Georgia Judge Takes Pains To Avoid Big Voting Rights Act Question In New Maps Ruling

WASHINGTON, DC - SEPTEMBER 20: U.S. Representative Lucy McBath (GA-7) (Photo by Shannon Finney/Getty Images for The Rocket Foundation)
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U.S. District Judge Steve Jones upheld Republican legislators’ new Georgia congressional map Thursday, a blow to House Democrats’ efforts to win the lower chamber — but was careful to avoid the most far-reaching question embedded in the case. 

When Georgia Republicans crafted the new court-ordered map, they dismantled Rep. Lucy McBath’s (D-GA) district to maintain their 9-5 seat advantage in the U.S. House. McBath’s district is composed of a coalition of Asian, Latino and Black voters who typically vote the same way — Democratic — to elect the candidate of their choice. 

The plaintiffs in the case argued that the Republicans’ obliteration of that district was itself a Voting Rights Act violation, raising a hugely consequential and still undecided question about whether VRA protections extend to those districts the same way they do ones dominated by a majority of one minority group. There is a circuit split on the question — the 11th and 5th Circuit Courts of Appeals have ruled that the VRA does protect such districts, though the 5th Circuit is poised to possibly overturn its own precedent on the question. The 6th Circuit has ruled the opposite way. 

If Jones had addressed the question — which will likely be ultimately resolved at the Supreme Court — it would at least add another data point to one argument or the other. But in his Thursday ruling, he was careful to avoid it, suggesting that it might behoove interested parties to raise the question more explicitly in a separate case.

“There was no evidence introduced at trial regarding a coalition of minority voters,” he wrote. “In essence, Plaintiffs now seek to litigate a whole new basis for a Section 2 violation involving a combination of three minority groups at the remedial stage of their case — which up until now has involved only Black voters. This is the type of challenge to a remedial districting plan that demands development of significant new evidence and therefore is more appropriately addressed in a separate proceeding.”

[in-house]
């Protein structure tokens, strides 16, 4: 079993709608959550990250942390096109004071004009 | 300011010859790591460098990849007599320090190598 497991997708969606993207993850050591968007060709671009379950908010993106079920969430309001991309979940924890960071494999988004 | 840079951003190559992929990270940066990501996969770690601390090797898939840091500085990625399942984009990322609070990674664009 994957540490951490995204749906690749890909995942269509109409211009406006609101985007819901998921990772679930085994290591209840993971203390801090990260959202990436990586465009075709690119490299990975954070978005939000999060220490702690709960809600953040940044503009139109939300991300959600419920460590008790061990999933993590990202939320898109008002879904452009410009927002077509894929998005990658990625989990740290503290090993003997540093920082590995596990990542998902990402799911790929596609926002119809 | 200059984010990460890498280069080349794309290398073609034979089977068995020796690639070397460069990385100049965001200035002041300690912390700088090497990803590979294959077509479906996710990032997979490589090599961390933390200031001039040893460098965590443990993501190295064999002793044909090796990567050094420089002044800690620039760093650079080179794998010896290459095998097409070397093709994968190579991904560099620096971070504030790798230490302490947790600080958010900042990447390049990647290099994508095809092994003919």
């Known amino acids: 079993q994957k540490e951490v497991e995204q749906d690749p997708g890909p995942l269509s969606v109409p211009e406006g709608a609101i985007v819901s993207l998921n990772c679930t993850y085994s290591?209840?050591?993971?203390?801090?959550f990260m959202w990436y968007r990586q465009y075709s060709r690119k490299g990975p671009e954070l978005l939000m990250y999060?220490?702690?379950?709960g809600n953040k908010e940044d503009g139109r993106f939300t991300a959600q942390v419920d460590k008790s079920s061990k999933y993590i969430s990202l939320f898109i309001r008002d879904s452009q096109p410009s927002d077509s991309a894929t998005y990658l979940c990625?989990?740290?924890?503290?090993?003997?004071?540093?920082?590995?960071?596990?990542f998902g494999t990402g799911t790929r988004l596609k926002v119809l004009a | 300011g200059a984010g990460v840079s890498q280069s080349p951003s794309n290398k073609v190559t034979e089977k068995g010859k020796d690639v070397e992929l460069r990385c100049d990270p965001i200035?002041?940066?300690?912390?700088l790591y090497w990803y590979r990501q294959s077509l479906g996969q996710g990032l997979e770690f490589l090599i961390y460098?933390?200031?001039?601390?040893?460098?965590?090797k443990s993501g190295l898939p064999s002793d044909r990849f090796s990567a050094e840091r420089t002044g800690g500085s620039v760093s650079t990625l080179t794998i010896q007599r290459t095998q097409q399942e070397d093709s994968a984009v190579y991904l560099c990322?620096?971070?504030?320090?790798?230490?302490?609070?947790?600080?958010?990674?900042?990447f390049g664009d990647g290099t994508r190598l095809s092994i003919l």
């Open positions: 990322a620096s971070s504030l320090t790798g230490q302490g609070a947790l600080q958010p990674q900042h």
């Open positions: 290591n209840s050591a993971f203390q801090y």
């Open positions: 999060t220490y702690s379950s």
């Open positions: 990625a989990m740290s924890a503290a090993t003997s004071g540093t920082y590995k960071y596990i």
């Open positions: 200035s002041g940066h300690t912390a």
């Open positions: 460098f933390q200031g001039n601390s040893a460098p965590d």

He made clear that no part of his decision should be taken as commentary on that argument, but that it requires fuller briefing. 

The next venue scheduled to interrogate the arguments on the reach of the VRA’s power is the 5th Circuit, which plans in May to hear a case out of Galveston County, Texas that presses on the same question. As a panel there asked the full court to hear the case for the purpose of overturning its precedent — that the VRA does protect coalitions of minority groups — it seems unlikely that its precedent is long for this world. Either way, a circuit split would endure, making it more likely that the Supreme Court will get involved. 

The high court’s fingerprints, its years of dismantling the VRA, permeate Jones’ decision. He wrote elsewhere in the opinion that Georgia’s map, while legal by his lights, was clearly crafted to give Republicans a lopsided advantage — a move that the Supreme Court has blessed. 

“The committee and floor debate transcripts make clear that the General Assembly created the 2023 Remedial Congressional Plan in a manner that politically protected the majority party (i.e., the Republican Party) as much as possible,” he wrote. 

“However, redistricting decisions by a legislative body with an eye toward securing partisan advantage does not alone violate Section 2,” he added, citing a 2019 Supreme Court decision. 

Read Jones’ ruling here: 

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